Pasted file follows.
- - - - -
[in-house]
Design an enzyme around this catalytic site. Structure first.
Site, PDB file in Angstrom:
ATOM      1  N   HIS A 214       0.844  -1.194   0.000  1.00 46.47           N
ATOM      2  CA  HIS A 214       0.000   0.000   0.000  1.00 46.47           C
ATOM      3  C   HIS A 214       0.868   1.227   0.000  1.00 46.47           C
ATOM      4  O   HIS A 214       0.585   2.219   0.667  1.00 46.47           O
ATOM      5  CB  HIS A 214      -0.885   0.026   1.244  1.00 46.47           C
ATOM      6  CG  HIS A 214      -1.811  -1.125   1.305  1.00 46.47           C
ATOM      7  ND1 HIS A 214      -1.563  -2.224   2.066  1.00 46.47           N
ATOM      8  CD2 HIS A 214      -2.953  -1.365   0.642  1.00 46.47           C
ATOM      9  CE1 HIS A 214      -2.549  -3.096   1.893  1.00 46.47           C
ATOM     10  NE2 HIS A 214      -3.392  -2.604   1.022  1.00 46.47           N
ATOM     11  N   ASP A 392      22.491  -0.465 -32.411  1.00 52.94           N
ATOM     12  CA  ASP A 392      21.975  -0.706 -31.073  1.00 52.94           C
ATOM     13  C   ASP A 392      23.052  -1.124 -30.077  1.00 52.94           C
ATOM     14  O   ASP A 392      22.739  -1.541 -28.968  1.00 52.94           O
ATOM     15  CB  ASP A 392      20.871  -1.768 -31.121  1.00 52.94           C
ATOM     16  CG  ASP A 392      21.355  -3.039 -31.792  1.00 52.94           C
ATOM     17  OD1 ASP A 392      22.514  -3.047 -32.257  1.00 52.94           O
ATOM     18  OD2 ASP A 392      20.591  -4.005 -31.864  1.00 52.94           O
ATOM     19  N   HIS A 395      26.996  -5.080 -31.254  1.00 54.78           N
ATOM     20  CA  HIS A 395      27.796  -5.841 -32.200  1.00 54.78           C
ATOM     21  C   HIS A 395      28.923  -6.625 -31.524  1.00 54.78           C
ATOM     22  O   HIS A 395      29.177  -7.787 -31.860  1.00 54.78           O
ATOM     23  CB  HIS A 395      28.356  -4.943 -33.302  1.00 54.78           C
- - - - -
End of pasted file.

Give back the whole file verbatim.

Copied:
[in-house]
Design an enzyme around this catalytic site. Structure first.
Site, PDB file in Angstrom:
ATOM      1  N   HIS A 214       0.844  -1.194   0.000  1.00 46.47           N
ATOM      2  CA  HIS A 214       0.000   0.000   0.000  1.00 46.47           C
ATOM      3  C   HIS A 214       0.868   1.227   0.000  1.00 46.47           C
ATOM      4  O   HIS A 214       0.585   2.219   0.667  1.00 46.47           O
ATOM      5  CB  HIS A 214      -0.885   0.026   1.244  1.00 46.47           C
ATOM      6  CG  HIS A 214      -1.811  -1.125   1.305  1.00 46.47           C
ATOM      7  ND1 HIS A 214      -1.563  -2.224   2.066  1.00 46.47           N
ATOM      8  CD2 HIS A 214      -2.953  -1.365   0.642  1.00 46.47           C
ATOM      9  CE1 HIS A 214      -2.549  -3.096   1.893  1.00 46.47           C
ATOM     10  NE2 HIS A 214      -3.392  -2.604   1.022  1.00 46.47           N
ATOM     11  N   ASP A 392      22.491  -0.465 -32.411  1.00 52.94           N
ATOM     12  CA  ASP A 392      21.975  -0.706 -31.073  1.00 52.94           C
ATOM     13  C   ASP A 392      23.052  -1.124 -30.077  1.00 52.94           C
ATOM     14  O   ASP A 392      22.739  -1.541 -28.968  1.00 52.94           O
ATOM     15  CB  ASP A 392      20.871  -1.768 -31.121  1.00 52.94           C
ATOM     16  CG  ASP A 392      21.355  -3.039 -31.792  1.00 52.94           C
ATOM     17  OD1 ASP A 392      22.514  -3.047 -32.257  1.00 52.94           O
ATOM     18  OD2 ASP A 392      20.591  -4.005 -31.864  1.00 52.94           O
ATOM     19  N   HIS A 395      26.996  -5.080 -31.254  1.00 54.78           N
ATOM     20  CA  HIS A 395      27.796  -5.841 -32.200  1.00 54.78           C
ATOM     21  C   HIS A 395      28.923  -6.625 -31.524  1.00 54.78           C
ATOM     22  O   HIS A 395      29.177  -7.787 -31.860  1.00 54.78           O
ATOM     23  CB  HIS A 395      28.356  -4.943 -33.302  1.00 54.78           C